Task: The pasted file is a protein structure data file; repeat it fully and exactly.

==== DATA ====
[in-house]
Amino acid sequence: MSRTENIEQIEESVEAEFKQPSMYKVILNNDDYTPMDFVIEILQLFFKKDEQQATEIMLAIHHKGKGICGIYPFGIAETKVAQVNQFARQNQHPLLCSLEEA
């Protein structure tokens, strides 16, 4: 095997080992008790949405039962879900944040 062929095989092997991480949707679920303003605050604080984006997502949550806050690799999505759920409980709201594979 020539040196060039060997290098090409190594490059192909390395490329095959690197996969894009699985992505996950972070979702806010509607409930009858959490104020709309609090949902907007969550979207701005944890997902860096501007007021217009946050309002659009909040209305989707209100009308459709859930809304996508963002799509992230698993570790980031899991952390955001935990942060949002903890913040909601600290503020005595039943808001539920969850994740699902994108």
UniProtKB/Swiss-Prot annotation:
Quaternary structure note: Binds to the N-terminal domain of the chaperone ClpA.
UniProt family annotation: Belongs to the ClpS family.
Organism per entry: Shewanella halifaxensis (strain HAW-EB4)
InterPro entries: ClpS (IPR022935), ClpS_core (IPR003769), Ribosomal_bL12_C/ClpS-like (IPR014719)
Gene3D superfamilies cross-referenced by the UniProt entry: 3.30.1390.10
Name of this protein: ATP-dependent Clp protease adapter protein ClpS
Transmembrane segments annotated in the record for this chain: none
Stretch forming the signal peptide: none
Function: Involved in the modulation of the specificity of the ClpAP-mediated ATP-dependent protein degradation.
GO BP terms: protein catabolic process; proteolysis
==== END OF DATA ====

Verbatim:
[in-house]
Amino acid sequence: MSRTENIEQIEESVEAEFKQPSMYKVILNNDDYTPMDFVIEILQLFFKKDEQQATEIMLAIHHKGKGICGIYPFGIAETKVAQVNQFARQNQHPLLCSLEEA
């Protein structure tokens, strides 16, 4: 095997080992008790949405039962879900944040 062929095989092997991480949707679920303003605050604080984006997502949550806050690799999505759920409980709201594979 020539040196060039060997290098090409190594490059192909390395490329095959690197996969894009699985992505996950972070979702806010509607409930009858959490104020709309609090949902907007969550979207701005944890997902860096501007007021217009946050309002659009909040209305989707209100009308459709859930809304996508963002799509992230698993570790980031899991952390955001935990942060949002903890913040909601600290503020005595039943808001539920969850994740699902994108």
UniProtKB/Swiss-Prot annotation:
Quaternary structure note: Binds to the N-terminal domain of the chaperone ClpA.
UniProt family annotation: Belongs to the ClpS family.
Organism per entry: Shewanella halifaxensis (strain HAW-EB4)
InterPro entries: ClpS (IPR022935), ClpS_core (IPR003769), Ribosomal_bL12_C/ClpS-like (IPR014719)
Gene3D superfamilies cross-referenced by the UniProt entry: 3.30.1390.10
Name of this protein: ATP-dependent Clp protease adapter protein ClpS
Transmembrane segments annotated in the record for this chain: none
Stretch forming the signal peptide: none
Function: Involved in the modulation of the specificity of the ClpAP-mediated ATP-dependent protein degradation.
GO BP terms: protein catabolic process; proteolysis